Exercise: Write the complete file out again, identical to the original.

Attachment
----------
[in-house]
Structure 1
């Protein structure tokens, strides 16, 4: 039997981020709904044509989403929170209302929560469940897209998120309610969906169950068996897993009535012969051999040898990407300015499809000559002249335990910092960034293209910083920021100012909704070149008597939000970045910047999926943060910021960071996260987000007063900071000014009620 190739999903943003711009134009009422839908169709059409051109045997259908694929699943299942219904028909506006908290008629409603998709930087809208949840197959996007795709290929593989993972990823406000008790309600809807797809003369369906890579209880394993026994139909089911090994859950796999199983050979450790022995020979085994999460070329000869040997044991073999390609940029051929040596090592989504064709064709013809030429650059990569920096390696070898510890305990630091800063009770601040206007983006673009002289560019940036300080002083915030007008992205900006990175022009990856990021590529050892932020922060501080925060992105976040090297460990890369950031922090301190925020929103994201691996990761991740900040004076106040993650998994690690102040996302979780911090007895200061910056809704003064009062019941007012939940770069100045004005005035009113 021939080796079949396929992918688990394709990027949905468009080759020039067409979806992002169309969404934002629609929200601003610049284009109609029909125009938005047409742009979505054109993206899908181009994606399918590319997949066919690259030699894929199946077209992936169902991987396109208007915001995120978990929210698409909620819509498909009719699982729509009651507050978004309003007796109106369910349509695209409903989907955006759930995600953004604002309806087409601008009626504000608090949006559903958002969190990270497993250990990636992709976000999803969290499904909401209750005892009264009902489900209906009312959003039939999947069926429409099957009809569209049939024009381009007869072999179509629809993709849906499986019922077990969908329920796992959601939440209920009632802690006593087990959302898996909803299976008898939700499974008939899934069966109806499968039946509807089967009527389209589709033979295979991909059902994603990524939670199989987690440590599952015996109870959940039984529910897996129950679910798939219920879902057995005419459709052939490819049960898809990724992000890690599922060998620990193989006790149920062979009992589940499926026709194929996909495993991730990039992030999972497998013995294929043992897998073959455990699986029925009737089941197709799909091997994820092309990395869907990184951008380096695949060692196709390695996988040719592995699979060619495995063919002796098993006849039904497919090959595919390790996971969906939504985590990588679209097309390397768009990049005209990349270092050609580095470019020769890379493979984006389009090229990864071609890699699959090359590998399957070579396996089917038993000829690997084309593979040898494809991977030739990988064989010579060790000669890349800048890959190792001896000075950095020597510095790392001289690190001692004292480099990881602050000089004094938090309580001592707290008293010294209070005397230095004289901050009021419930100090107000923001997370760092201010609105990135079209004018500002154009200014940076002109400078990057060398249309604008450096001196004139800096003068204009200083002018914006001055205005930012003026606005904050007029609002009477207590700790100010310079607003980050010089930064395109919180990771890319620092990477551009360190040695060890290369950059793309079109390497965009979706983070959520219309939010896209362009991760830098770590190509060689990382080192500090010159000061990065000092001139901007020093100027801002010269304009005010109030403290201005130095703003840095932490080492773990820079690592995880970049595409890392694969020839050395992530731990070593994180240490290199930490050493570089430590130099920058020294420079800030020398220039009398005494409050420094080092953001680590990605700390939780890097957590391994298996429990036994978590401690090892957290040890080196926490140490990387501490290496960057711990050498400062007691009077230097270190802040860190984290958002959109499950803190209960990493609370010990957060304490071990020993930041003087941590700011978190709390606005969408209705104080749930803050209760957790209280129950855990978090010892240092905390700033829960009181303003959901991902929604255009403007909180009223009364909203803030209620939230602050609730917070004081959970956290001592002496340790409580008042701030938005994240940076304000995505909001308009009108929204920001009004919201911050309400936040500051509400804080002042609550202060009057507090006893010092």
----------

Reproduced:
[in-house]
Structure 1
């Protein structure tokens, strides 16, 4: 039997981020709904044509989403929170209302929560469940897209998120309610969906169950068996897993009535012969051999040898990407300015499809000559002249335990910092960034293209910083920021100012909704070149008597939000970045910047999926943060910021960071996260987000007063900071000014009620 190739999903943003711009134009009422839908169709059409051109045997259908694929699943299942219904028909506006908290008629409603998709930087809208949840197959996007795709290929593989993972990823406000008790309600809807797809003369369906890579209880394993026994139909089911090994859950796999199983050979450790022995020979085994999460070329000869040997044991073999390609940029051929040596090592989504064709064709013809030429650059990569920096390696070898510890305990630091800063009770601040206007983006673009002289560019940036300080002083915030007008992205900006990175022009990856990021590529050892932020922060501080925060992105976040090297460990890369950031922090301190925020929103994201691996990761991740900040004076106040993650998994690690102040996302979780911090007895200061910056809704003064009062019941007012939940770069100045004005005035009113 021939080796079949396929992918688990394709990027949905468009080759020039067409979806992002169309969404934002629609929200601003610049284009109609029909125009938005047409742009979505054109993206899908181009994606399918590319997949066919690259030699894929199946077209992936169902991987396109208007915001995120978990929210698409909620819509498909009719699982729509009651507050978004309003007796109106369910349509695209409903989907955006759930995600953004604002309806087409601008009626504000608090949006559903958002969190990270497993250990990636992709976000999803969290499904909401209750005892009264009902489900209906009312959003039939999947069926429409099957009809569209049939024009381009007869072999179509629809993709849906499986019922077990969908329920796992959601939440209920009632802690006593087990959302898996909803299976008898939700499974008939899934069966109806499968039946509807089967009527389209589709033979295979991909059902994603990524939670199989987690440590599952015996109870959940039984529910897996129950679910798939219920879902057995005419459709052939490819049960898809990724992000890690599922060998620990193989006790149920062979009992589940499926026709194929996909495993991730990039992030999972497998013995294929043992897998073959455990699986029925009737089941197709799909091997994820092309990395869907990184951008380096695949060692196709390695996988040719592995699979060619495995063919002796098993006849039904497919090959595919390790996971969906939504985590990588679209097309390397768009990049005209990349270092050609580095470019020769890379493979984006389009090229990864071609890699699959090359590998399957070579396996089917038993000829690997084309593979040898494809991977030739990988064989010579060790000669890349800048890959190792001896000075950095020597510095790392001289690190001692004292480099990881602050000089004094938090309580001592707290008293010294209070005397230095004289901050009021419930100090107000923001997370760092201010609105990135079209004018500002154009200014940076002109400078990057060398249309604008450096001196004139800096003068204009200083002018914006001055205005930012003026606005904050007029609002009477207590700790100010310079607003980050010089930064395109919180990771890319620092990477551009360190040695060890290369950059793309079109390497965009979706983070959520219309939010896209362009991760830098770590190509060689990382080192500090010159000061990065000092001139901007020093100027801002010269304009005010109030403290201005130095703003840095932490080492773990820079690592995880970049595409890392694969020839050395992530731990070593994180240490290199930490050493570089430590130099920058020294420079800030020398220039009398005494409050420094080092953001680590990605700390939780890097957590391994298996429990036994978590401690090892957290040890080196926490140490990387501490290496960057711990050498400062007691009077230097270190802040860190984290958002959109499950803190209960990493609370010990957060304490071990020993930041003087941590700011978190709390606005969408209705104080749930803050209760957790209280129950855990978090010892240092905390700033829960009181303003959901991902929604255009403007909180009223009364909203803030209620939230602050609730917070004081959970956290001592002496340790409580008042701030938005994240940076304000995505909001308009009108929204920001009004919201911050309400936040500051509400804080002042609550202060009057507090006893010092």